|Spring Field Ornithology Course- Field Trip |
Saturday Apr. 4th, @ 8:00am
|Birds & Coffee|
Wednesday Apr. 8th, @ 9:00am
|Birds of Prey LIVE! |
Sunday Apr. 12th, @ 1:00pm
|Spring Field Ornithology Course- Lecture 3|
Tuesday Apr. 14th, @ 6:00pm
|Pollinator Garden Volunteer Training|
Wednesday Apr. 15th, @ 10:00am
|Sanctuary Leadership: Spotlight on Dr. Miles D. Pirnie|
|Written by Jackie Wolfinger|
|Tuesday, 19 March 2013 12:47|
Over the last few weeks, I have had a unique opportunity to learn about the history of the Bird Sanctuary and its directors. It is fascinating to learn more about the legacy each director has left behind and how their work has contributed to the Sanctuary that we know and love today.
Dr. Miles D. Pirnie, a waterfowl specialist, was the second director of the Sanctuary. During his tenure, he managed to keep the Sanctuary open during the Great Depression, begin tracking waterfowl migration patterns, and engage the public through wildlife photography, extended visiting hours, and educational programs.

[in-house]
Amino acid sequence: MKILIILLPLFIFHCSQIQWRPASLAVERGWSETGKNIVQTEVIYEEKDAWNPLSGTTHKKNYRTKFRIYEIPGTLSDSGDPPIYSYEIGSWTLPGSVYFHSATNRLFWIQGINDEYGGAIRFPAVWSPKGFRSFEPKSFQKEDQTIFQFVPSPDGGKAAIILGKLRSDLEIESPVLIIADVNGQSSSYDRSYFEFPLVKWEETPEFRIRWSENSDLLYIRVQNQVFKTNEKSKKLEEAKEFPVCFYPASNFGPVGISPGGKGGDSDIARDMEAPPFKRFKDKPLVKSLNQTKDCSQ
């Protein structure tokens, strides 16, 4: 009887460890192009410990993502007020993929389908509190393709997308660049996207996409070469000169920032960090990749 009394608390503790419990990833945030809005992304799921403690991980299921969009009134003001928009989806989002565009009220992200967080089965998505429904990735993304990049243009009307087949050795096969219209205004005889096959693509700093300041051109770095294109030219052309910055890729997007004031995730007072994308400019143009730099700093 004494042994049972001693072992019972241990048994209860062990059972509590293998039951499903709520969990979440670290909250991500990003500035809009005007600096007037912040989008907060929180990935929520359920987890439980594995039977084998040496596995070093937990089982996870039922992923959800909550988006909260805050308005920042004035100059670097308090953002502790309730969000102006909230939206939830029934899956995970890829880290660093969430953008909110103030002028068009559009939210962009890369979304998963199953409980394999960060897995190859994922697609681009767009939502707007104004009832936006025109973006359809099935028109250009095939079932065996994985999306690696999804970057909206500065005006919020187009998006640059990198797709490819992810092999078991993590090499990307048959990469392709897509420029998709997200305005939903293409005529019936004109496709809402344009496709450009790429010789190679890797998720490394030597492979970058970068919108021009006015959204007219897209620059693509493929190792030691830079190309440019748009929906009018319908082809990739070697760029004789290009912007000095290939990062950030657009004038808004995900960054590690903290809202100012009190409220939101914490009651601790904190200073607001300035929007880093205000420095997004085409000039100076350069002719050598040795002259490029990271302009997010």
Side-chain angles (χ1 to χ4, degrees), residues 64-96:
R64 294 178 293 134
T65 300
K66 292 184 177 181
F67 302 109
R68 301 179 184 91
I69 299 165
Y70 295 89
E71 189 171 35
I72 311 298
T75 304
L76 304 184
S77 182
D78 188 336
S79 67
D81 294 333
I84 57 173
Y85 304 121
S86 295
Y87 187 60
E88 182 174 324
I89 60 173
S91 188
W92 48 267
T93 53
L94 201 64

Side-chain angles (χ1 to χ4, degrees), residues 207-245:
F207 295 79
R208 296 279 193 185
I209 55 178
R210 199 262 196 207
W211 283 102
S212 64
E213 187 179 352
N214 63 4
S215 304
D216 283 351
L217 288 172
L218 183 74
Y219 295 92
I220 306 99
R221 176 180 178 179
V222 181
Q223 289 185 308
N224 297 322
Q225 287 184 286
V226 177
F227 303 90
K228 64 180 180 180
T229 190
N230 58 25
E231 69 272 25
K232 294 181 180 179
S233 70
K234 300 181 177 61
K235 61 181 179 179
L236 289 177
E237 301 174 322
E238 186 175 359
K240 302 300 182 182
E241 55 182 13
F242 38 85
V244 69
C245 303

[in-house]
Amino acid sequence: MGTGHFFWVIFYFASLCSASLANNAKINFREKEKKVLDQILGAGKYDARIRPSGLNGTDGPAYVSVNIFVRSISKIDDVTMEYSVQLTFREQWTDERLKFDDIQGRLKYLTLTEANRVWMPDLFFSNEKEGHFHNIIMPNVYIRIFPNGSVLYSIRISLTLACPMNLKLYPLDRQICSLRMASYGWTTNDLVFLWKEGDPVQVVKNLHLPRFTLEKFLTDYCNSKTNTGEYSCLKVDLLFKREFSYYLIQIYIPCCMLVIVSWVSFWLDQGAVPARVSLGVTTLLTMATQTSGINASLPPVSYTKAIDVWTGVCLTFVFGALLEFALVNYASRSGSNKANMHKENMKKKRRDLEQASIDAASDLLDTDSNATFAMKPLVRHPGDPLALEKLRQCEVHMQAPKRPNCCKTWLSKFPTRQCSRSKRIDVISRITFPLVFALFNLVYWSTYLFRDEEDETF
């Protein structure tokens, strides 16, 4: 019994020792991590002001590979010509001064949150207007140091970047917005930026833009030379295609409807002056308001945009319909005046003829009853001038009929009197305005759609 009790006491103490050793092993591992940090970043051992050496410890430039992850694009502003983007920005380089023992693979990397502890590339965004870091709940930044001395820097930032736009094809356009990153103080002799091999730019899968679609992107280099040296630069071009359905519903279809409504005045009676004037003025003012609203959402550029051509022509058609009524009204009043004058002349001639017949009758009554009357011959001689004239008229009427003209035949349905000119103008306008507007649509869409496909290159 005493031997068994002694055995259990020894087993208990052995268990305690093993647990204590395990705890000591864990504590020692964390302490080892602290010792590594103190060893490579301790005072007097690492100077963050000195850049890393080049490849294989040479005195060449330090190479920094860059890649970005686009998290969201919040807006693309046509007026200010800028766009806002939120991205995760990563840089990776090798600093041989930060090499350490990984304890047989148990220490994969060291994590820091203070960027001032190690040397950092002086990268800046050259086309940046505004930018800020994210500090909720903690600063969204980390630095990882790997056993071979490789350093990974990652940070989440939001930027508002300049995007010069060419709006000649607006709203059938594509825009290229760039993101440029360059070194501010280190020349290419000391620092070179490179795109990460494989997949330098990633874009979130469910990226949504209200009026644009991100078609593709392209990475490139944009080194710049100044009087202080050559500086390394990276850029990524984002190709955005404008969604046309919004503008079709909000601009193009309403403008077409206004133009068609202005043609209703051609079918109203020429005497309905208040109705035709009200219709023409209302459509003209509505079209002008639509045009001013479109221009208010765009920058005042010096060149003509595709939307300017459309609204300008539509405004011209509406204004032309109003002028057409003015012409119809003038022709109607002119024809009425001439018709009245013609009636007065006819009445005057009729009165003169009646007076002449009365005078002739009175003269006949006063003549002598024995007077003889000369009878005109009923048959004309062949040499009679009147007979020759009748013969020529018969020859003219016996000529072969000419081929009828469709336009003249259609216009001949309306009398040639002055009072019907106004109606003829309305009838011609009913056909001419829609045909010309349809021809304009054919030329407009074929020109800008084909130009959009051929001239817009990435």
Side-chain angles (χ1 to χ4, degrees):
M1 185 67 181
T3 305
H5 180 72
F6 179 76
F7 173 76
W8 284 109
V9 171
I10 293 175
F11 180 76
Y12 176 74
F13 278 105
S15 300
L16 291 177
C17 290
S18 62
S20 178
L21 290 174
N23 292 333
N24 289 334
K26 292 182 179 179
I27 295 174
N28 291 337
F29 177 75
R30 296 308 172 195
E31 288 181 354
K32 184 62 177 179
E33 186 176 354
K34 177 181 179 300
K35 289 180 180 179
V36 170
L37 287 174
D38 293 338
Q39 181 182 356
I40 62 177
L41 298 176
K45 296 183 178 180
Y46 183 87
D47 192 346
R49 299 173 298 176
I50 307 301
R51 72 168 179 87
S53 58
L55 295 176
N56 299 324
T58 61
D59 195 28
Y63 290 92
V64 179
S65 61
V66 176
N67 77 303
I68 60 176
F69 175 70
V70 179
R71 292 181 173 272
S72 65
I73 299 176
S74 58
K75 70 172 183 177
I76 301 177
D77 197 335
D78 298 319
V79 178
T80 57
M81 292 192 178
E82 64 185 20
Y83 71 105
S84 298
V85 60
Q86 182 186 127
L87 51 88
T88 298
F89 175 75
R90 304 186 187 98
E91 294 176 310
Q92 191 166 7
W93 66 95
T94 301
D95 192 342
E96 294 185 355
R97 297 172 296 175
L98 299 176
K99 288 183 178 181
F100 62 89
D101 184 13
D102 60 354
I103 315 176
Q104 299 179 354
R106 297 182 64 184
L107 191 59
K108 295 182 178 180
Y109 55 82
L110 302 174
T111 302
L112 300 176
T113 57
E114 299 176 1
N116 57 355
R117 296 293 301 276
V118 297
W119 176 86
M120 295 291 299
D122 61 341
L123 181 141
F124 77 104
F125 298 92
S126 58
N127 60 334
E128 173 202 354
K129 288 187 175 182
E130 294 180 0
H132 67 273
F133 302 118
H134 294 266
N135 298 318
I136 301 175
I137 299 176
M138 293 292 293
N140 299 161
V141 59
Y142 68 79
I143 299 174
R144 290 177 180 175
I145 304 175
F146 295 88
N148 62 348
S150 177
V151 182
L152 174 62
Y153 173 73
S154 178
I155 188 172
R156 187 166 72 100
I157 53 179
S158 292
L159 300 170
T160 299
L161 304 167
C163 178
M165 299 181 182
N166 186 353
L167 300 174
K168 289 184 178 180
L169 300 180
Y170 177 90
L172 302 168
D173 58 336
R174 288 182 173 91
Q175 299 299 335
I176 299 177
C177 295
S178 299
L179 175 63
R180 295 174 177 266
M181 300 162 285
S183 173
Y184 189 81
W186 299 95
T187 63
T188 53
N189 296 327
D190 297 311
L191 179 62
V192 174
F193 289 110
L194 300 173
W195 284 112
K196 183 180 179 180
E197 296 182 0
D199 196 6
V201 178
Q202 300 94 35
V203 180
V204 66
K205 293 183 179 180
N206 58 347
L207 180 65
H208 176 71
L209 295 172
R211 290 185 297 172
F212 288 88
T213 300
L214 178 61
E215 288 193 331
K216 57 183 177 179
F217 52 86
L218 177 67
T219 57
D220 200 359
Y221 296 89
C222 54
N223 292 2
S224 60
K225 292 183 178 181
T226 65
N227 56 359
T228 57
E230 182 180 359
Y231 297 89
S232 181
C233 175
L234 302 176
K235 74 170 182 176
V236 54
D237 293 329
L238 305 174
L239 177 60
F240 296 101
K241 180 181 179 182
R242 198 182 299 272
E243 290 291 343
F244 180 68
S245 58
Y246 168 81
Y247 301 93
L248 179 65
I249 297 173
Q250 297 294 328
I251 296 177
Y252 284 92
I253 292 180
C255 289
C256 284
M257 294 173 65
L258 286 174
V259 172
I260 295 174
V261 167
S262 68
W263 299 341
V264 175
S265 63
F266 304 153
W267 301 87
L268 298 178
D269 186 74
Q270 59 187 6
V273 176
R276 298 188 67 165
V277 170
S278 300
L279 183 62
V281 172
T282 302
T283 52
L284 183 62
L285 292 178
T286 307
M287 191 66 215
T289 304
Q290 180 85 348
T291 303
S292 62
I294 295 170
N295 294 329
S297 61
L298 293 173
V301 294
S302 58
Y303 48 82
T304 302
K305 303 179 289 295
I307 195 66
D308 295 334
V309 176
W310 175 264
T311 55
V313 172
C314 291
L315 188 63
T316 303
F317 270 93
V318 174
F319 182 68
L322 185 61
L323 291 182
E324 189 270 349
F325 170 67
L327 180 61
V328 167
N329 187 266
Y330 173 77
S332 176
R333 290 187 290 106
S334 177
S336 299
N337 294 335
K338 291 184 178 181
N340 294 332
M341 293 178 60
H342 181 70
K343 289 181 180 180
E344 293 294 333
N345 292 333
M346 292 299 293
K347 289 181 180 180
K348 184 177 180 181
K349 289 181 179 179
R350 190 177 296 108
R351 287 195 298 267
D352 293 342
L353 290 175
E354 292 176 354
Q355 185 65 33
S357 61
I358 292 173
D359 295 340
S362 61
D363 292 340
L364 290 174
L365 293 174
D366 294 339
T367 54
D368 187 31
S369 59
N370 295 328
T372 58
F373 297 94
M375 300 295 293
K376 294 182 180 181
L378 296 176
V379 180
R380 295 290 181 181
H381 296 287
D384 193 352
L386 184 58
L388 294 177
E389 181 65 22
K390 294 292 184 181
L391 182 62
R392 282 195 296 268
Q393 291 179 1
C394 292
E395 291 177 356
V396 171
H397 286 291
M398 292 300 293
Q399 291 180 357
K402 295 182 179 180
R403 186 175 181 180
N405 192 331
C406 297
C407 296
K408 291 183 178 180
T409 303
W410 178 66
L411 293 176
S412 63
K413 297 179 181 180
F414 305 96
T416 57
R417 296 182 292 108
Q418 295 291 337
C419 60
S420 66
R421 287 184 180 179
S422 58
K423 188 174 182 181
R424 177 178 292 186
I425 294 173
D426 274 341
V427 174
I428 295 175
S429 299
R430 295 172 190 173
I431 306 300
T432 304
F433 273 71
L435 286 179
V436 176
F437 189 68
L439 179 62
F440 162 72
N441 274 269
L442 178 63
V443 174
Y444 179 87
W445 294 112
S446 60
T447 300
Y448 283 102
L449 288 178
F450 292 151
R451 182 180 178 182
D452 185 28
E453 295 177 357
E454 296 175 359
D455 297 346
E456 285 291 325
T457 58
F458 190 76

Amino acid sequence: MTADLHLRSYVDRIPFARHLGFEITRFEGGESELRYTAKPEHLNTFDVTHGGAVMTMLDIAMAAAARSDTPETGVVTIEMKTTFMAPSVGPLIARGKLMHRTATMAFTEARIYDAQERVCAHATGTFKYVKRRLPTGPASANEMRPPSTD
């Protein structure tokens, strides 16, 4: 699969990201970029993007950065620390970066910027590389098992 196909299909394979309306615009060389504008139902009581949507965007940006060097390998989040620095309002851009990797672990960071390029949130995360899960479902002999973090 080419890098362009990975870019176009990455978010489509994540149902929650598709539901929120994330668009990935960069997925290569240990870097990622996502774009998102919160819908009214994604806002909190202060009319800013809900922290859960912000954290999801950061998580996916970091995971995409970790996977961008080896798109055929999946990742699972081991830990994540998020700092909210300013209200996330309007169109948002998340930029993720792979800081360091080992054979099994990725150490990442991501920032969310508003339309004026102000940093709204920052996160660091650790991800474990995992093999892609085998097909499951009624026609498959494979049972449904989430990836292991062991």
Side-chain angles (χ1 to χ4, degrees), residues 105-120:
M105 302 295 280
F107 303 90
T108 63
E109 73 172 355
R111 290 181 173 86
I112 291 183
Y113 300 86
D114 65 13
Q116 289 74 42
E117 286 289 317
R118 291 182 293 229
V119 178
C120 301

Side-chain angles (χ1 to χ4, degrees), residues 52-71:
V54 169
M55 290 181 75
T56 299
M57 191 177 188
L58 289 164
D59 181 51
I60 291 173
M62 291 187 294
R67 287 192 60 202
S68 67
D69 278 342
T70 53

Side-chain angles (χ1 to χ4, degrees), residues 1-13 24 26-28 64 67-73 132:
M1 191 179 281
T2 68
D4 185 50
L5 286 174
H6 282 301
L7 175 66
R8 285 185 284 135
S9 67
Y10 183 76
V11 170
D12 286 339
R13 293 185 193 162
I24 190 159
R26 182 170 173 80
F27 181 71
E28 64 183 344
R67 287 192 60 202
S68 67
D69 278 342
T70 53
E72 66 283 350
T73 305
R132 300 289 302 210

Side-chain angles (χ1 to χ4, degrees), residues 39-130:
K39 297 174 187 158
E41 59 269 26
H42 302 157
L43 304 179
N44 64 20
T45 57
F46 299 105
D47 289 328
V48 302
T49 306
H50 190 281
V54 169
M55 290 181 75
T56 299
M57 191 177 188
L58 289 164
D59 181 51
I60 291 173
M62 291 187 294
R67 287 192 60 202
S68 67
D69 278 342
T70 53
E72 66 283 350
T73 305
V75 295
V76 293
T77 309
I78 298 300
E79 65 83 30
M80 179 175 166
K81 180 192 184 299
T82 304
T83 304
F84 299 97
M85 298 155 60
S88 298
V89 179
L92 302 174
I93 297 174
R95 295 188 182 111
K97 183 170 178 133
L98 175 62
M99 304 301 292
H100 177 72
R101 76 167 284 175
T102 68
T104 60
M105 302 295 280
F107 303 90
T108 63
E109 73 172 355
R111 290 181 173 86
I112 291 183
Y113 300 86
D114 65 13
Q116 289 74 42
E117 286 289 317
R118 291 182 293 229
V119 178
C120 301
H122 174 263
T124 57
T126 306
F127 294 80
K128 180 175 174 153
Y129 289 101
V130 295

Pirnie’s enthusiasm for waterfowl is evident when looking at some of the pictures he took between 1931 and 1948 when he was the Sanctuary’s director. He definitely had an ‘eye’ for photography, and this skill combined with his work with waterfowl was probably very useful when it came to one of Pirnie’s other talents: decoy carving!
A goose silhouette decoy created by Pirnie
According to The Great Book of Wildfowl Decoys by Joe Engers, Pirnie began carving decoys in 1935. He created the body of the decoys out of white cedar and the heads out of white pine. In general, his diver duck decoys have a solid body while his dabbling duck decoys have a hollow body. Pirnie’s knowledge of waterfowl helped him create very lifelike decoys. He actually carved his decoys in a variety of poses so that they would look more like a real flock of ducks when he was hunting with them!
A quick internet search turned up pictures of a handful of decoys carved by Pirnie. He created Northern Pintails, Goldeneyes (scroll down about halfway to view), goose silhouettes, Canvasbacks, Redheads, and Bluebills among others. I also learned that some of Pirnie’s carving legacy lives on in the students of Pirnie’s lifelong friend and hunting partner, Ken K. Krum. I was surprised by the number of postings and online forums about Pirnie; it is clear that Pirnie’s decoys as well as the efforts of his work with waterfowl are being enjoyed by people all over the Midwest!